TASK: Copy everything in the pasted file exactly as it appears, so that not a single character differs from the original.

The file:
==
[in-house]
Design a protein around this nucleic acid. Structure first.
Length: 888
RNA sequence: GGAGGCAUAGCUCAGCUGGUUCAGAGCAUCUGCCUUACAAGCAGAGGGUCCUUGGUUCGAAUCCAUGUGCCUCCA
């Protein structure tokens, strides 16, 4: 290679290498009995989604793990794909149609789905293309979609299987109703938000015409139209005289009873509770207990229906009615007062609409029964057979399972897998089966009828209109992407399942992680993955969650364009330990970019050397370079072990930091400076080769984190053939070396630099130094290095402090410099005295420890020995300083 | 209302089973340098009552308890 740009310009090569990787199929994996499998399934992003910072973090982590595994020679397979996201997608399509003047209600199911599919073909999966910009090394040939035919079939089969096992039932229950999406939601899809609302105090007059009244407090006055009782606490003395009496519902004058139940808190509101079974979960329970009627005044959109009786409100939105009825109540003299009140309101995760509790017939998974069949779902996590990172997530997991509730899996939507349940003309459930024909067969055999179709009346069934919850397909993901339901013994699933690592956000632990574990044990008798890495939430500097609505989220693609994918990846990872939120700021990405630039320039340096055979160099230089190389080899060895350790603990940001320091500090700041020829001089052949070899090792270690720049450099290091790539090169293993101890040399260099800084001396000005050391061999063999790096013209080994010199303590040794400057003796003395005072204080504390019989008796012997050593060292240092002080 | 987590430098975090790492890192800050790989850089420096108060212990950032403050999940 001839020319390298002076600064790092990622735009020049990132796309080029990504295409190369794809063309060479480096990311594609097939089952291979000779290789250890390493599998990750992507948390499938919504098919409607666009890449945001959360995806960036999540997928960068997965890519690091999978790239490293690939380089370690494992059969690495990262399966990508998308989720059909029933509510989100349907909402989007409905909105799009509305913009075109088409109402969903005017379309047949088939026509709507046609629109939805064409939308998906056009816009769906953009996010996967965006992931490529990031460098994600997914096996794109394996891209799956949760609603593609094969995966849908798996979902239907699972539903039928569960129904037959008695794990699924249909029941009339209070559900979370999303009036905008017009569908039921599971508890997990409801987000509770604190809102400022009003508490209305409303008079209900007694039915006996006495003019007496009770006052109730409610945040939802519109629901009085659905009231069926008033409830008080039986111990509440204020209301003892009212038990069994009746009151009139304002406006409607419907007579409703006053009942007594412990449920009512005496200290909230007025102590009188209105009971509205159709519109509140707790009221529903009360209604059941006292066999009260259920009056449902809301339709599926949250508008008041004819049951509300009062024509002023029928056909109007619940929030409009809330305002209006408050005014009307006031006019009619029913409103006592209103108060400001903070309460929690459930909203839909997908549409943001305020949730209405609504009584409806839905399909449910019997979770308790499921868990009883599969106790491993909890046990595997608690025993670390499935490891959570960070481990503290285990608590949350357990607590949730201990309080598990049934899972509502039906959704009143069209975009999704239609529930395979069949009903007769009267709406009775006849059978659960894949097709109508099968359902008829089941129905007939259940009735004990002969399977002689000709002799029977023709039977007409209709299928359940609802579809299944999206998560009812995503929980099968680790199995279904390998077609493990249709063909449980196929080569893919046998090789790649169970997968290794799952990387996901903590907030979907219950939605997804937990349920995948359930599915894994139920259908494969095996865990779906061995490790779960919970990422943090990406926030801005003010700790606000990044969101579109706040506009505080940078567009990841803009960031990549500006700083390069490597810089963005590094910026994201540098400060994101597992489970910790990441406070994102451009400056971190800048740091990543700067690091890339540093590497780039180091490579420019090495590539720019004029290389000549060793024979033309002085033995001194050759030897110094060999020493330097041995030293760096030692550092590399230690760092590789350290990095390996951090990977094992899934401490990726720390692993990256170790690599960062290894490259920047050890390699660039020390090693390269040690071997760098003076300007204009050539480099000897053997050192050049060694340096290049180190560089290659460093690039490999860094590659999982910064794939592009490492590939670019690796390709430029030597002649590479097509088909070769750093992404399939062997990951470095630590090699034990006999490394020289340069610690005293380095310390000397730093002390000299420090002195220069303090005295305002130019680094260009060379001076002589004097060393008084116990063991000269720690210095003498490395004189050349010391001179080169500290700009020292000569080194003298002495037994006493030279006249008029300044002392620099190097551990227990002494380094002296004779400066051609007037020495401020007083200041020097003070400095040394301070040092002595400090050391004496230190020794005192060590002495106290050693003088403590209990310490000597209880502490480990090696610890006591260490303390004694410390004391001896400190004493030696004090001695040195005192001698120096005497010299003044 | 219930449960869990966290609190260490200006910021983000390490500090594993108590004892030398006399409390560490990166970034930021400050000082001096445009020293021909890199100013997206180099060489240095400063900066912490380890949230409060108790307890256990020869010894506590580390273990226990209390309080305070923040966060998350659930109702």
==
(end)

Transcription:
[in-house]
Design a protein around this nucleic acid. Structure first.
Length: 888
RNA sequence: GGAGGCAUAGCUCAGCUGGUUCAGAGCAUCUGCCUUACAAGCAGAGGGUCCUUGGUUCGAAUCCAUGUGCCUCCA
């Protein structure tokens, strides 16, 4: 290679290498009995989604793990794909149609789905293309979609299987109703938000015409139209005289009873509770207990229906009615007062609409029964057979399972897998089966009828209109992407399942992680993955969650364009330990970019050397370079072990930091400076080769984190053939070396630099130094290095402090410099005295420890020995300083 | 209302089973340098009552308890 740009310009090569990787199929994996499998399934992003910072973090982590595994020679397979996201997608399509003047209600199911599919073909999966910009090394040939035919079939089969096992039932229950999406939601899809609302105090007059009244407090006055009782606490003395009496519902004058139940808190509101079974979960329970009627005044959109009786409100939105009825109540003299009140309101995760509790017939998974069949779902996590990172997530997991509730899996939507349940003309459930024909067969055999179709009346069934919850397909993901339901013994699933690592956000632990574990044990008798890495939430500097609505989220693609994918990846990872939120700021990405630039320039340096055979160099230089190389080899060895350790603990940001320091500090700041020829001089052949070899090792270690720049450099290091790539090169293993101890040399260099800084001396000005050391061999063999790096013209080994010199303590040794400057003796003395005072204080504390019989008796012997050593060292240092002080 | 987590430098975090790492890192800050790989850089420096108060212990950032403050999940 001839020319390298002076600064790092990622735009020049990132796309080029990504295409190369794809063309060479480096990311594609097939089952291979000779290789250890390493599998990750992507948390499938919504098919409607666009890449945001959360995806960036999540997928960068997965890519690091999978790239490293690939380089370690494992059969690495990262399966990508998308989720059909029933509510989100349907909402989007409905909105799009509305913009075109088409109402969903005017379309047949088939026509709507046609629109939805064409939308998906056009816009769906953009996010996967965006992931490529990031460098994600997914096996794109394996891209799956949760609603593609094969995966849908798996979902239907699972539903039928569960129904037959008695794990699924249909029941009339209070559900979370999303009036905008017009569908039921599971508890997990409801987000509770604190809102400022009003508490209305409303008079209900007694039915006996006495003019007496009770006052109730409610945040939802519109629901009085659905009231069926008033409830008080039986111990509440204020209301003892009212038990069994009746009151009139304002406006409607419907007579409703006053009942007594412990449920009512005496200290909230007025102590009188209105009971509205159709519109509140707790009221529903009360209604059941006292066999009260259920009056449902809301339709599926949250508008008041004819049951509300009062024509002023029928056909109007619940929030409009809330305002209006408050005014009307006031006019009619029913409103006592209103108060400001903070309460929690459930909203839909997908549409943001305020949730209405609504009584409806839905399909449910019997979770308790499921868990009883599969106790491993909890046990595997608690025993670390499935490891959570960070481990503290285990608590949350357990607590949730201990309080598990049934899972509502039906959704009143069209975009999704239609529930395979069949009903007769009267709406009775006849059978659960894949097709109508099968359902008829089941129905007939259940009735004990002969399977002689000709002799029977023709039977007409209709299928359940609802579809299944999206998560009812995503929980099968680790199995279904390998077609493990249709063909449980196929080569893919046998090789790649169970997968290794799952990387996901903590907030979907219950939605997804937990349920995948359930599915894994139920259908494969095996865990779906061995490790779960919970990422943090990406926030801005003010700790606000990044969101579109706040506009505080940078567009990841803009960031990549500006700083390069490597810089963005590094910026994201540098400060994101597992489970910790990441406070994102451009400056971190800048740091990543700067690091890339540093590497780039180091490579420019090495590539720019004029290389000549060793024979033309002085033995001194050759030897110094060999020493330097041995030293760096030692550092590399230690760092590789350290990095390996951090990977094992899934401490990726720390692993990256170790690599960062290894490259920047050890390699660039020390090693390269040690071997760098003076300007204009050539480099000897053997050192050049060694340096290049180190560089290659460093690039490999860094590659999982910064794939592009490492590939670019690796390709430029030597002649590479097509088909070769750093992404399939062997990951470095630590090699034990006999490394020289340069610690005293380095310390000397730093002390000299420090002195220069303090005295305002130019680094260009060379001076002589004097060393008084116990063991000269720690210095003498490395004189050349010391001179080169500290700009020292000569080194003298002495037994006493030279006249008029300044002392620099190097551990227990002494380094002296004779400066051609007037020495401020007083200041020097003070400095040394301070040092002595400090050391004496230190020794005192060590002495106290050693003088403590209990310490000597209880502490480990090696610890006591260490303390004694410390004391001896400190004493030696004090001695040195005192001698120096005497010299003044 | 219930449960869990966290609190260490200006910021983000390490500090594993108590004892030398006399409390560490990166970034930021400050000082001096445009020293021909890199100013997206180099060489240095400063900066912490380890949230409060108790307890256990020869010894506590580390273990226990209390309080305070923040966060998350659930109702």